The Giving Tree

DSC_0181About this time of year, I start to notice the activity around my neighbor’s large cherry tree. Some of its branches arch over my backyard, though not low enough to pick any of the fruits now. I have tasted a few in the past and they aren’t bad.

This is a tree of many gifts. In the spring it graces us with its soft pink blossoms that have the effect of making the tree glow. After a couple weeks the petals loosen their grip and float on the air like pink snow.

Months later, after the tree has become a uniform shade of green, its true destiny begins to emerge. Tiny green fruits appear with the promise of a summer bounty. Weeks later, they slowly transform from green to a yellowish pink and pale reddish. During this time, I watch the ripening progress, knowing what is to come.

DSC_0182Then one day, some berries are fully red. Several years ago, I stood on my deck and watched a raccoon, at eye level, happily munch away on the cherries. This year I’ve seen no raccoon, but now that the fruit is ripe, the birds are wasting no time.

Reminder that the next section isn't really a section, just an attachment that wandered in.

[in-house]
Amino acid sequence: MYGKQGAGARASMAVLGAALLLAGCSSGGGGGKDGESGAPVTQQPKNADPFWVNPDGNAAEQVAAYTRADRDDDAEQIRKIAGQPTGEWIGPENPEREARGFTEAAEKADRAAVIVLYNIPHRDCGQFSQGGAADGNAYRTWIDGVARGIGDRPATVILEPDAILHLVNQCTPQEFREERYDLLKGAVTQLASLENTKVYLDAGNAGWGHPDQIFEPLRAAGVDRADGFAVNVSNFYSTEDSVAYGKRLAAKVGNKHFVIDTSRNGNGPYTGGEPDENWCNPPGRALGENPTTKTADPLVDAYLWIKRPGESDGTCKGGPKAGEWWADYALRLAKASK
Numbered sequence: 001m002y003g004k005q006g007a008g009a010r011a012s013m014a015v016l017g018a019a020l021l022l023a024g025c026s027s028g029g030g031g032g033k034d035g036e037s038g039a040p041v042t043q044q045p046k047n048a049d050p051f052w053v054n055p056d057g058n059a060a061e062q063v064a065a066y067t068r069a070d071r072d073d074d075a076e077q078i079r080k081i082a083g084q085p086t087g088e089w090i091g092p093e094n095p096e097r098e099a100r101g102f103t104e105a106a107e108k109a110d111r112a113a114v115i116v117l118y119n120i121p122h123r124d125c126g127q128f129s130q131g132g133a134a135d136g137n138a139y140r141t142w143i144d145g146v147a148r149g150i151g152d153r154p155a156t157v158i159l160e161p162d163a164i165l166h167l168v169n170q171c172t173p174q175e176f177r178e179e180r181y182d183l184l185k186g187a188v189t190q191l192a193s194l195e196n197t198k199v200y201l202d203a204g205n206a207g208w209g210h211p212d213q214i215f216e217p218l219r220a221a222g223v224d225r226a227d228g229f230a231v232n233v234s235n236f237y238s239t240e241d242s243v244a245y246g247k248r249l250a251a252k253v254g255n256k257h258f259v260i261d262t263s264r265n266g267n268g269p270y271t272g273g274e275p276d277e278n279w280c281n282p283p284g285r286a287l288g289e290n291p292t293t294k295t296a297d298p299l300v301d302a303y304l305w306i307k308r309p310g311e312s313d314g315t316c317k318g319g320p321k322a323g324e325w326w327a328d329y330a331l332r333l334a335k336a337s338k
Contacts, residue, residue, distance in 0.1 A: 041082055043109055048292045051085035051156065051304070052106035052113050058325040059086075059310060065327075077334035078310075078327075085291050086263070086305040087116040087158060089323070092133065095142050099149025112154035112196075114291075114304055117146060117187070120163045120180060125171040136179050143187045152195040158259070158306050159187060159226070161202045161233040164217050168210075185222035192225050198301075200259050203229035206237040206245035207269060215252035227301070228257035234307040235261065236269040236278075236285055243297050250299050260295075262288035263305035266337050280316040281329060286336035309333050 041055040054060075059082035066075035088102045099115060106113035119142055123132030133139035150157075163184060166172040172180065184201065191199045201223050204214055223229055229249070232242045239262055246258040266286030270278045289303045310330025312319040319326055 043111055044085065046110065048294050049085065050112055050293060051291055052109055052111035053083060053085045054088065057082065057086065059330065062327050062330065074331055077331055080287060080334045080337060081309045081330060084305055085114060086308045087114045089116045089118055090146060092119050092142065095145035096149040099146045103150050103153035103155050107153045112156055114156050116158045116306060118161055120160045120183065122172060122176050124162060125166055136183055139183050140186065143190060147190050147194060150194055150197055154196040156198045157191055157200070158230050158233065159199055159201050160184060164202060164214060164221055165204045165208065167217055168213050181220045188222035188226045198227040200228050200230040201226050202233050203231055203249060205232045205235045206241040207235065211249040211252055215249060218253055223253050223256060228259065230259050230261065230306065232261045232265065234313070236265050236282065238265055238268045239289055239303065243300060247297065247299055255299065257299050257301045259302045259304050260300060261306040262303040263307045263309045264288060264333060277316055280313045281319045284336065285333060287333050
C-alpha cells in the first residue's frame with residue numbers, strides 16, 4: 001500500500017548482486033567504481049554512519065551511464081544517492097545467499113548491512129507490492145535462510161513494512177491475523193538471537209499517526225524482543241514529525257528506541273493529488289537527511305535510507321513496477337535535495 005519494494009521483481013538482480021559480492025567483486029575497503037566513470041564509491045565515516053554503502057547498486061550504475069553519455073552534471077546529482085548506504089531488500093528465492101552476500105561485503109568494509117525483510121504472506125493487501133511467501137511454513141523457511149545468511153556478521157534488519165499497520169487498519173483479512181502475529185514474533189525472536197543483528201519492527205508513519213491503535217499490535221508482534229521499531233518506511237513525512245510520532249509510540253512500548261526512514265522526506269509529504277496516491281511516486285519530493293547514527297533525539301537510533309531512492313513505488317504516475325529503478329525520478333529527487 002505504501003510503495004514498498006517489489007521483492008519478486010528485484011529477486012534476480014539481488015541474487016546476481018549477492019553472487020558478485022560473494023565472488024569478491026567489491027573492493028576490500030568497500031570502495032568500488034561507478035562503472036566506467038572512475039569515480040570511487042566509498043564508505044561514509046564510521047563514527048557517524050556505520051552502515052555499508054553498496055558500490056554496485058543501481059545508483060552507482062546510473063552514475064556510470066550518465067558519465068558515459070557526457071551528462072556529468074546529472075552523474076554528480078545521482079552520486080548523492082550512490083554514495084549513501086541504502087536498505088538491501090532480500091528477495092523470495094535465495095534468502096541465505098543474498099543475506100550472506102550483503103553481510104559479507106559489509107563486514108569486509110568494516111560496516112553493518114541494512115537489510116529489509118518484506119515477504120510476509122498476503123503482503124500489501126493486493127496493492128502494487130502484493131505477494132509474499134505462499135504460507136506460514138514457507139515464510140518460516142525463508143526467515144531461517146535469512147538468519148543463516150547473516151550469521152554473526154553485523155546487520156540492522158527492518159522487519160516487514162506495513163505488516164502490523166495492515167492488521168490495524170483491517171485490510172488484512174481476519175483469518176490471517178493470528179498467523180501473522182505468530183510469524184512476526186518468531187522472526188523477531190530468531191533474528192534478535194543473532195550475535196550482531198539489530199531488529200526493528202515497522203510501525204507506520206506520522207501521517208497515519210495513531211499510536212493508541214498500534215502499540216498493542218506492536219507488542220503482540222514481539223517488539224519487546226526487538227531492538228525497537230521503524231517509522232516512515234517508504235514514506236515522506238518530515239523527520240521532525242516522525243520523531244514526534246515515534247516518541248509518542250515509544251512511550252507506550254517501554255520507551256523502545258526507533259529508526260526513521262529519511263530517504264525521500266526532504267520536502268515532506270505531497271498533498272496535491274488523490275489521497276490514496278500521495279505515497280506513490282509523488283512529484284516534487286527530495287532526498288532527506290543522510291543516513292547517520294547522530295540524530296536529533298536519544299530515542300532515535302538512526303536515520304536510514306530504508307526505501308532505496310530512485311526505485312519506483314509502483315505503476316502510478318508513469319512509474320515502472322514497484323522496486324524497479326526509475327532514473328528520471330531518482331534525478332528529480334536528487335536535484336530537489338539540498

Robins fly into the tree and grab cherries, swallowing them whole. I’ve seen Cedar Waxwings do the same with Oregon grapes. How astonishing that a tiny mouth can open far enough to take in the berry, and then, even more astonishing, swallow it whole! It’s akin to a person swallowing a football! The cherries, however, are not as huge as the Oregon grapes.

DSC_0210 - CopyDSC_0214 - CopyAll gone!All gone!

Chickadees, Black-Capped and Chestnut-Backed, peck away at the fruits. I’ve also seen House Finches and House Sparrows partaking of the free repast. But the Steller Blue Jays, with their huge bills, don’t appear to eat the cherries. I would think they, of all the birds, would be devouring more than anyone else. We have hoards of the great, raucous birds.

Black-capped Chickadee
Black-capped Chickadee

I would also think woodpeckers would like the fruit. I once observed a Pileated Woodpecker in Maryland that was perched amusingly on a small spicebush shrub, eating its dark ripe berries. But I have seen no woodpeckers in the cherry tree.

When all the cherries have been eaten, I wonder what the next adventure will be for the birds.

Published by

Joan E. Miller

I live in the amazing Pacific Northwest. I'm a writer, photographer, birder, nature lover. I'm also a gardener, of food, flowers and shrubs.

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